Through years of experience working in the software industry in Europe and the United States, I have developed a certain philosophy when its comes to lead teams, whether it is in the formal role of the manager or as a senior advisor in the leadership team.
I see three tenants to this philosophy:
- Diversity: in hiring, forming and executing with, the team.
- Nurture: grow and let grow individual talents for long term returns.
- Higher expectations for one-self: as you demand much of others, it is key that you hold the bar high to yourself as well.
Sticking to it
What I enjoy is to deliver concrete results, software, ship services and features. What I don't is taking short term shortcuts and half-baked solutions that turn out to drag the team in the long term, taxing it more and more through the accumulating engineering debt. I like to stick to it until it's done to a state easily sustainable, complete in the customer's eyes, well documented and easily serviceable. This is not the easy path - when you compete with peers at individual, team and project levels, who do not abide by the same standard. And you cannot rely on middle management for the intellectual sturdiness to dig deep in evaluations comes the time to pass judgement.
Based on these tenants there are a few recurring initiatives I took during my career.
- Engineering manuals: The initial ramp-up period in a team is a critical time for any new member. Are they going to learn the trade quickly so they can be productive? Many have to struggle to pull essential information from their new colleagues to get their job done. Many teams are stuck in a strong oral tradition where knowledge transfert is an initiation ritual, a hazing. I've picked up two pagers riddled with obsolete information and transformed them into full fledge guides to daily activities of our engineers, living documents which each new team member benefits from and in turn contributes to. This is even more so relevant today as the industry is pushing ahead with a dev-ops approach where the same individual needs to engage with customers, design features, implement, test, document, deploy, operate. As we engineers are stretched even thinner, we need to fight our instinct to by-pass any written material, combat the fallacy of code-is-documentation and invest our time in thoughtful writing to help ourselves and others perform.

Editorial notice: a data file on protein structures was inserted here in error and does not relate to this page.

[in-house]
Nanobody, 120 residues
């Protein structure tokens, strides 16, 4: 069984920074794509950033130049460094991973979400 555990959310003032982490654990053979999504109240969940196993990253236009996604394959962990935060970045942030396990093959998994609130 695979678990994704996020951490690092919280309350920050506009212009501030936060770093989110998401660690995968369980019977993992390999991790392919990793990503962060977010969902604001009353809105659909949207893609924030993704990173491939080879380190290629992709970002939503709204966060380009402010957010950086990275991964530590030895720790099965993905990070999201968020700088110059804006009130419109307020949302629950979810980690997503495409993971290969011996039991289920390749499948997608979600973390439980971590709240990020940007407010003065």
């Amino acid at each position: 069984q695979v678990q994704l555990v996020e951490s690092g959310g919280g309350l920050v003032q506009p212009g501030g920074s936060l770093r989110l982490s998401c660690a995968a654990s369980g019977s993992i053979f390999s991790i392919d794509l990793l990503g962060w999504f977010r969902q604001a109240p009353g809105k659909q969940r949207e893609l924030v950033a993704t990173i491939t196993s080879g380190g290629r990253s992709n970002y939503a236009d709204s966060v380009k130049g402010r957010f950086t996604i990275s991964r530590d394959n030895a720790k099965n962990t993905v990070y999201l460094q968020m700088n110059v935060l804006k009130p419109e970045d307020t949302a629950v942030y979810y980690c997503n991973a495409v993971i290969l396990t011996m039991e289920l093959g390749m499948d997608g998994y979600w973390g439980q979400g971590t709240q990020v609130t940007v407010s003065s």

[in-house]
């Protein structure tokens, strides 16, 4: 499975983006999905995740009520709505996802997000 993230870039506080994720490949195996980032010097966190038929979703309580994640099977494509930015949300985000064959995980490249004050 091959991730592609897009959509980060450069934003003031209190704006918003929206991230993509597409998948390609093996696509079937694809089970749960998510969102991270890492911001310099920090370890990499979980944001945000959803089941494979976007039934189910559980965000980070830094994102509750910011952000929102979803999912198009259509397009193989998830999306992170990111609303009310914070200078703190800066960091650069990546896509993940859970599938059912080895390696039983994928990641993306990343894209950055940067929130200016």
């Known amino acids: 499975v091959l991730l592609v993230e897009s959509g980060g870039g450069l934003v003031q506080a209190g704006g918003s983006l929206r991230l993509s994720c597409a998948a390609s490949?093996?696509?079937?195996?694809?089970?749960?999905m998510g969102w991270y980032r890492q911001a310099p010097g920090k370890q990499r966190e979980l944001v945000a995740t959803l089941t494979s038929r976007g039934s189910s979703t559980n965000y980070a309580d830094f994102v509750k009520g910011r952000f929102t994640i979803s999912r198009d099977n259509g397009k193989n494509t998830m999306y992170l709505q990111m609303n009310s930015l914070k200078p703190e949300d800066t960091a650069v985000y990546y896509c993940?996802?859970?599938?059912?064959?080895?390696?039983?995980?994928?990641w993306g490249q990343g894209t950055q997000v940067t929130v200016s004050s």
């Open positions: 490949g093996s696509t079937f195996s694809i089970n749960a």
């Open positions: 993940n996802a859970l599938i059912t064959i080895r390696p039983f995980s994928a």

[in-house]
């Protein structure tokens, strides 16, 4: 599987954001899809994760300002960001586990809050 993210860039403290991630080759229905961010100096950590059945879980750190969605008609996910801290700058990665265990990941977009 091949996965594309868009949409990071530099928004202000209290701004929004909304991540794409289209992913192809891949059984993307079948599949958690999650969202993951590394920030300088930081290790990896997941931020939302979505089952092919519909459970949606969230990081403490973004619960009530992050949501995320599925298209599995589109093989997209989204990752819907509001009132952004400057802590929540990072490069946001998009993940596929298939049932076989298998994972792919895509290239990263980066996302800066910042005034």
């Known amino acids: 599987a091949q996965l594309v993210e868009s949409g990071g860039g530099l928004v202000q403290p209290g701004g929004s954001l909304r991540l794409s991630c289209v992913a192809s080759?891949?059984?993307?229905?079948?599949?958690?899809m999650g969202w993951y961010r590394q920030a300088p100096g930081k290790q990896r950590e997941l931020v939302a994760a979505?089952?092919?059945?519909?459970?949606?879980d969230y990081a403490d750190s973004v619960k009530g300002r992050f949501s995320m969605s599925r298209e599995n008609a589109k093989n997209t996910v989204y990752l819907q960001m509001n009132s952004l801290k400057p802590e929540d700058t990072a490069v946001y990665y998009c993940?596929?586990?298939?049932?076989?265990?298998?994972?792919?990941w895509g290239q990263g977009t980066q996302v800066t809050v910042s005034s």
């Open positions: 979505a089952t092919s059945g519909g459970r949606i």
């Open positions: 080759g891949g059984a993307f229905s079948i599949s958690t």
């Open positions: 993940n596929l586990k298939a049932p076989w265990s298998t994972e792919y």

- Foster a community: Through MDSN forums, blogging, yammering (with Azure Advisors), advocate for open and complete documentation, and where possible Open Source. (more on that later)
- Mentoring: It is a pity that the internal career mentoring program that used to match mentors and mentee at Microsoft is no longer. I am now volunteering semi-monthly mentoring hours at EverWise. I've been impressed by the quality matching done by this company. It is very rewarding to see a protégé apply the skills learned and practice ideas discussed in mentoring sessions.
- Explored diverse staffing approaches: I've been an interviewer for most of my time at Microsoft, a hiring manager, used staff augmentation, managed services vendors and articulated delivery-based supplier contracts.
- As an interview I see too many limiting themselves to a l33t coding question and feeling good about themselves that they raised the bar and made it very hard to get in the team. It's a very trendy approach in the whole industry at the time of this writing. Not only that behavior is counter-productive, even the candidates that do make it through the gauntlet are unlikely to be what the team needs: you end up hiring think-alike clones of one-self, created a dangerous mono-culture, racing ahead like a chariot of wild horses with blinders. I find myself often arguing for the soft skills a candidate bring to the table -communication clarity, empathy, teamwork, social intelligence, work ethic, ... -, and original approaches they come up with to solve problems -which does require asking to solve problems with potential for alternative approaches-.